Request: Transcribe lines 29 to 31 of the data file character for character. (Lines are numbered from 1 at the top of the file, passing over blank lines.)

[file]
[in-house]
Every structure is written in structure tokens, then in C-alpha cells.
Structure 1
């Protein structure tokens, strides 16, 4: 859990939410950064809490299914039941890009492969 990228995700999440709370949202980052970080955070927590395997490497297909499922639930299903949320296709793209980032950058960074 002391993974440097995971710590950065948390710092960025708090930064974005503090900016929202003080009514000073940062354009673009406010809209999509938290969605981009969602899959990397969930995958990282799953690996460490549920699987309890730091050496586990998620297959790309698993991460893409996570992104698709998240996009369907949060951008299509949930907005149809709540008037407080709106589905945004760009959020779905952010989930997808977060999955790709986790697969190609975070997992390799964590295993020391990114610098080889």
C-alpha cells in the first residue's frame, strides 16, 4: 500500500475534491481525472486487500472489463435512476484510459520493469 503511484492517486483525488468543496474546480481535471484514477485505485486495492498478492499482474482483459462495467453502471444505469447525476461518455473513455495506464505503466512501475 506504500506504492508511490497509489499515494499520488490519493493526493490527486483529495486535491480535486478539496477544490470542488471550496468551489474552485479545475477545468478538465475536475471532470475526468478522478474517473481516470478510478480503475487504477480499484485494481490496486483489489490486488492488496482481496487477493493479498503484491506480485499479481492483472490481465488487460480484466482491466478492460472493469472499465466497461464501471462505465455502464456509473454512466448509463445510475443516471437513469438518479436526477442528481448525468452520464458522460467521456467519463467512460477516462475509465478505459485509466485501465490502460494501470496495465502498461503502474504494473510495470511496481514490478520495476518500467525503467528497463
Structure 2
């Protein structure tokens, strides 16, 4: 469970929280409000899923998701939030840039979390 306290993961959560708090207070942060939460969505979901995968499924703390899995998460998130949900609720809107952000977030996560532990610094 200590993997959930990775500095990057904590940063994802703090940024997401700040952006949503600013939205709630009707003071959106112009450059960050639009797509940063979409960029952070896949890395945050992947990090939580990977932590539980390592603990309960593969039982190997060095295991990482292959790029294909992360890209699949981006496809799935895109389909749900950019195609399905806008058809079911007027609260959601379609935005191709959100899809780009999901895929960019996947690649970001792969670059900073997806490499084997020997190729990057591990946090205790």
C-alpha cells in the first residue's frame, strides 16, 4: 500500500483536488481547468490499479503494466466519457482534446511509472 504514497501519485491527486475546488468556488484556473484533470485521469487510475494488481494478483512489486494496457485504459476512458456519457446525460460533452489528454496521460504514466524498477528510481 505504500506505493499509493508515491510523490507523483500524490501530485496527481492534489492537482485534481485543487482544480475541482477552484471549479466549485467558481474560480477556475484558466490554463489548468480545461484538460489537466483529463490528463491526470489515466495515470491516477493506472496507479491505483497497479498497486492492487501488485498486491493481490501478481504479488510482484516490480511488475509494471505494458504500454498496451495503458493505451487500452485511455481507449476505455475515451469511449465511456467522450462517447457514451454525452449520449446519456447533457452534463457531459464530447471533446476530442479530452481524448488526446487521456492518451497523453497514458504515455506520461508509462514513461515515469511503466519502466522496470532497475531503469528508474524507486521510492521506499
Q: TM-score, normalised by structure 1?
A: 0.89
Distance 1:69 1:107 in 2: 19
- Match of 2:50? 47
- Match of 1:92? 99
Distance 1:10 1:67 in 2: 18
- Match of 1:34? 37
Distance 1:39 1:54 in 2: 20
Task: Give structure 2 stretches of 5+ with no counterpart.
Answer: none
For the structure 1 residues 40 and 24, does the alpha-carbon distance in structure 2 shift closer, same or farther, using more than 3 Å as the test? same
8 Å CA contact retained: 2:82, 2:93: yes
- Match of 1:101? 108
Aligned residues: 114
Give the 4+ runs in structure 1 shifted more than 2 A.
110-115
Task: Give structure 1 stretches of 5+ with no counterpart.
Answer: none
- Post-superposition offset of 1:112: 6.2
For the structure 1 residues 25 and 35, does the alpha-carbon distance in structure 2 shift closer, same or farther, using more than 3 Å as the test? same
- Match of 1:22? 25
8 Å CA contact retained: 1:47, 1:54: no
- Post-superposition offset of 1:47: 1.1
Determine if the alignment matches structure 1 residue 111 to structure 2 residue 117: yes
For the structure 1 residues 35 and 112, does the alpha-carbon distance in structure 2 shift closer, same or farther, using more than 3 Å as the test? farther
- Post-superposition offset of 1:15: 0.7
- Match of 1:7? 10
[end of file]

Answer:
- Match of 1:22? 25
8 Å CA contact retained: 1:47, 1:54: no
- Post-superposition offset of 1:47: 1.1